Running a commercial bakery was far from Becca Wright’s mind when she enrolled in the MBA program at UNC Chapel Hill in 2019.
But the idea for Piedmont Pennies had been baking since 2016, when the Burlington native drew up an unofficial business plan after sharing the crunchy, cheesy snacks — based on a cherished family recipe — as holiday gifts. At the time, she was working for Deloitte Consulting in Washington, D.C.
“I made Pennies in my Dupont Circle row house for my clients,” Wright says. Impressed, they asked, “Where did you get these? Did you buy them at Whole Foods?”
Soon after, the Carolina grad returned to Chapel Hill to pursue her MBA, with concentrations in entrepreneurship and venture capital. When COVID-19 derailed plans for an in-person internship at Facebook (now Meta) in Menlo Park, California, the idea of turning Piedmont Pennies into a bona fide business returned.
“I had so much free time at home, and I was working on the Instagram [account for Piedmont Pennies] behind the scenes,” Wright says. After completing her virtual internship for the social-media behemoth and mulling a full-time job offer, she launched the brand online in September 2020, renting a commercial kitchen in Chapel Hill.
With the holiday season approaching, the business exploded. “I had my MBA friends in there hand-pinching Pennies from 8 p.m. to 2 a.m. People were shipping them as gifts, because no one was buying stuff in person,” says Wright.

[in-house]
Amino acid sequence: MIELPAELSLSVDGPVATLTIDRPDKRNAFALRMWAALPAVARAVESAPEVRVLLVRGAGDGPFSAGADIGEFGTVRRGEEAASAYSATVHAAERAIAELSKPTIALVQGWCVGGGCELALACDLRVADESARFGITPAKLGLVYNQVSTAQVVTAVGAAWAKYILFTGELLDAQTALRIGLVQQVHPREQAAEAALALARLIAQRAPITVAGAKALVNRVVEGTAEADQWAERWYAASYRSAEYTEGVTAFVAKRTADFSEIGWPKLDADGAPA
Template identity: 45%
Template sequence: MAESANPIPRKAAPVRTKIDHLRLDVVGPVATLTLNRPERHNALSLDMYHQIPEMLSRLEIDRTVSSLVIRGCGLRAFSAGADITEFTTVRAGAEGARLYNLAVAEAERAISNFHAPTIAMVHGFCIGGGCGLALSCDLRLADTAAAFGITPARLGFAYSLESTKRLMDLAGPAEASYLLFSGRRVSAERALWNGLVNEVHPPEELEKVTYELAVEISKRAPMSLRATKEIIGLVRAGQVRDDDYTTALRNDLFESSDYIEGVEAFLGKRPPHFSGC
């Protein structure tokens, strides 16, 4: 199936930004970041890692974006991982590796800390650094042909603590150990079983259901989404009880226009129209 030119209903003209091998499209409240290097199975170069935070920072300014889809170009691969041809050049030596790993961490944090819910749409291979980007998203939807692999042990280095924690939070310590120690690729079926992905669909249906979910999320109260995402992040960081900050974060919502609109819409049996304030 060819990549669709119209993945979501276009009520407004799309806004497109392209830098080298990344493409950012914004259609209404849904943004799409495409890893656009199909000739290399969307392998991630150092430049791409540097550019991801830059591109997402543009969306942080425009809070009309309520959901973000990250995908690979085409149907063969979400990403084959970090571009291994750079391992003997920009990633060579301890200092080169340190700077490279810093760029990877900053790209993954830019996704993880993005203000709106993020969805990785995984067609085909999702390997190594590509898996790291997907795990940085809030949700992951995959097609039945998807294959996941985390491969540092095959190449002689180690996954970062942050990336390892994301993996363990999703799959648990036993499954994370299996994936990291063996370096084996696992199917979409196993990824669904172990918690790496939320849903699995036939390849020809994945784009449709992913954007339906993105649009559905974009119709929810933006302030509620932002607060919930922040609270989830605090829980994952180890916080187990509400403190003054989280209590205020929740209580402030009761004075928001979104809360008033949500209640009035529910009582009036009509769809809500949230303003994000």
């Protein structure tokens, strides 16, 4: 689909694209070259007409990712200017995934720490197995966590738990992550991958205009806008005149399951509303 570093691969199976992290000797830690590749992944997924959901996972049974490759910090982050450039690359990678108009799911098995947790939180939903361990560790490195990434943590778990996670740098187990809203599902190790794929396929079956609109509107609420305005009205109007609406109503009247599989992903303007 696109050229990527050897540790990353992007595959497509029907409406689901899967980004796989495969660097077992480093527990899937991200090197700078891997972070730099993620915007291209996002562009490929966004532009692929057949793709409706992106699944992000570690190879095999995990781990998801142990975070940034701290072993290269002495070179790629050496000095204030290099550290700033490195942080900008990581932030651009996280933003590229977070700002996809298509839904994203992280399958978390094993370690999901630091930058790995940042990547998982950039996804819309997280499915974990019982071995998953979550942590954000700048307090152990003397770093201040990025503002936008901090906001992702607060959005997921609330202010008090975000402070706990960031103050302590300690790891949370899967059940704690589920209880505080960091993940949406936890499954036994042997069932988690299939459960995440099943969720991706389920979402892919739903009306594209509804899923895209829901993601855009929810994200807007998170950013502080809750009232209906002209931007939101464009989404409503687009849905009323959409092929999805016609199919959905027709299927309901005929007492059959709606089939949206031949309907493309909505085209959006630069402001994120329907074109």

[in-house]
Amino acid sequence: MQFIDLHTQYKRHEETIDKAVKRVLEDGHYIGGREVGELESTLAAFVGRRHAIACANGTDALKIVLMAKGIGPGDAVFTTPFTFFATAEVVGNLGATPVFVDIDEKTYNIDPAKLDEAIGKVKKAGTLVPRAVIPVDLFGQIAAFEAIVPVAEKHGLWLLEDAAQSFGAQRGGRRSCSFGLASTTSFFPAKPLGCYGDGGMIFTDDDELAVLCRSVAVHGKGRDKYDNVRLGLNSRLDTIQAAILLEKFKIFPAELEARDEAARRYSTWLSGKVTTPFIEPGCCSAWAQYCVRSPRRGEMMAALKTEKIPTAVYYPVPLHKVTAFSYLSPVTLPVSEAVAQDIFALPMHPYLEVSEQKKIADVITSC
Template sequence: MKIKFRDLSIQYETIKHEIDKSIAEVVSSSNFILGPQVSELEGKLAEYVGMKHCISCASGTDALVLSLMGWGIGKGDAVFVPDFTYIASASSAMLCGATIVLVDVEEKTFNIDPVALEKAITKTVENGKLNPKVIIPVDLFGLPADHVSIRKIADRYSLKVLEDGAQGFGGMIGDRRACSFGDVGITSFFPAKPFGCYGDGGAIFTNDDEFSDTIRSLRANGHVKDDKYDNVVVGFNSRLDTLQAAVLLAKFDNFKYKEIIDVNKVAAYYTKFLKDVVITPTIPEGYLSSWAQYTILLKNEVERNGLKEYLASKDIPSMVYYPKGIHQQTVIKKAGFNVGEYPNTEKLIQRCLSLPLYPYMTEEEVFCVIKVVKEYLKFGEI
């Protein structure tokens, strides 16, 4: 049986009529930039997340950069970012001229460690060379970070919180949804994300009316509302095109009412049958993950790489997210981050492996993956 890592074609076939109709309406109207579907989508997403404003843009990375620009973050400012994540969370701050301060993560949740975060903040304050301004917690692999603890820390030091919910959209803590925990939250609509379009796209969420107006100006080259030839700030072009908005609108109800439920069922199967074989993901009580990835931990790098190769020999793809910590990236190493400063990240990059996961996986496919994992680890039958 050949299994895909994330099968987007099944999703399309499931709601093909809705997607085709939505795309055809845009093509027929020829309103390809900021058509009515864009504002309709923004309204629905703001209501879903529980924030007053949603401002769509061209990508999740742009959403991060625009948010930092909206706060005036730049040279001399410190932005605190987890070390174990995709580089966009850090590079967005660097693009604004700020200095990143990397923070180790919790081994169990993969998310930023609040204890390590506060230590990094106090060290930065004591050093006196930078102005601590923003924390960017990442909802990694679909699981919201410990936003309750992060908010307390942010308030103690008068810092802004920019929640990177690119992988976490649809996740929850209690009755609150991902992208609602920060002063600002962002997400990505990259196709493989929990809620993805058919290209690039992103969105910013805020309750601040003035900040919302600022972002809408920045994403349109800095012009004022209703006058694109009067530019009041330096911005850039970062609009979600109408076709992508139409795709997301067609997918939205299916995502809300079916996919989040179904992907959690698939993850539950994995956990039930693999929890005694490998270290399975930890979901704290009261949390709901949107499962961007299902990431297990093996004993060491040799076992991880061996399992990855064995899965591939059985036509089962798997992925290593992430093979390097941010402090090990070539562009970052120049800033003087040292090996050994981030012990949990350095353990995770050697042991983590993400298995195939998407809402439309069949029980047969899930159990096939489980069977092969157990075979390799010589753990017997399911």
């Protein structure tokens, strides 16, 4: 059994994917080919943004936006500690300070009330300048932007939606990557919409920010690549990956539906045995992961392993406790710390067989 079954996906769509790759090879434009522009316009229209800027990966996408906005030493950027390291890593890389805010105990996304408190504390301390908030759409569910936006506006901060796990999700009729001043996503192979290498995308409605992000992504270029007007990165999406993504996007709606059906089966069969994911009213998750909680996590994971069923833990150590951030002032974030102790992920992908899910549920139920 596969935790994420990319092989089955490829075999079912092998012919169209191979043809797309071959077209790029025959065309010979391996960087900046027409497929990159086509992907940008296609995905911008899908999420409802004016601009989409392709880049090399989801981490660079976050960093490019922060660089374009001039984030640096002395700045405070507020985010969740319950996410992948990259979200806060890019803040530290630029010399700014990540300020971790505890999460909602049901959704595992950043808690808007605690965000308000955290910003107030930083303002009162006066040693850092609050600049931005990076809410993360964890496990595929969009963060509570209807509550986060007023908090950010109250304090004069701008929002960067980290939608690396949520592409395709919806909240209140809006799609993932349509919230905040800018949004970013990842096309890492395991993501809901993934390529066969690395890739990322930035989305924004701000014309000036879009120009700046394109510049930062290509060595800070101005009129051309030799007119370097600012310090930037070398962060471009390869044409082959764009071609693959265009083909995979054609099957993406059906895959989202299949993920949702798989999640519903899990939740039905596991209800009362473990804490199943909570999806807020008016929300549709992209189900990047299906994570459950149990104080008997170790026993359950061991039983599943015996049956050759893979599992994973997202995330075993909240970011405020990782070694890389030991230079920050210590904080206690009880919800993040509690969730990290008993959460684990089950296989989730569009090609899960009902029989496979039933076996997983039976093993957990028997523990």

With momentum for the brand building, she declined the Facebook offer and decided to make Piedmont Pennies her full-time occupation. “I thought, I just really want to try this. If I’m going to do it, it’s going to be now,” she says. She moved to the Queen City in December 2020 with her husband, Coble, a Charlotte native.Cheese straws, or pennies, are a holiday staple in many Southern households. Wright’s gourmet version is based on her late grandmother’s recipe, tweaked by her father after her “Grandbetty,” who lived in Rocky Mount, developed arthritis and could no longer “pinch” pennies. The flour is milled by Lindley Mills in Alamance County, where Wright grew up, and the cartons are
made in Charlotte.
A $50,000 grant in December 2021 from NC IDEA, a Durham-based private foundation that assists entrepreneurs, helped propel the brand further. Today, Piedmont Pennies has five employees, and its products are on shelves in about 300 stores in 25 states. Priced at $15 for a 12-ounce carton, the snacks are better suited for entertaining and gifting than everyday snacking. They are also popular as wedding favors and corporate gifts.
Trusting others with her beloved family recipe has been one of the biggest challenges, Wright says. Being patient while the business grows is another. While Wright spends plenty of time darting around trade shows and promoting the brand (she was on “Good Morning America” last September), she’s also a regular at Piedmont Pennies’ west Charlotte kitchen. “I’ll go in and put on an apron and help package,” Wright says. “But that keeps you humble and close to the product.”
Pennies are available in two varieties, the original with a mildly spicy “Carolina kick” and a more fiery spicy chipotle. New products and flavors are in the works, says Wright. She attributes her work ethic to her family — her mom and dad, a retired radiologist, have supported her from the start, helping fill orders and make deliveries during busy surges.
“I think there’s a lot of entrepreneurial spirit in my family, and a lot of grit, creativity, optimism — all the things that help you, at least in the first couple years of starting a company,” Wright says. “Humble, but hungry.” ■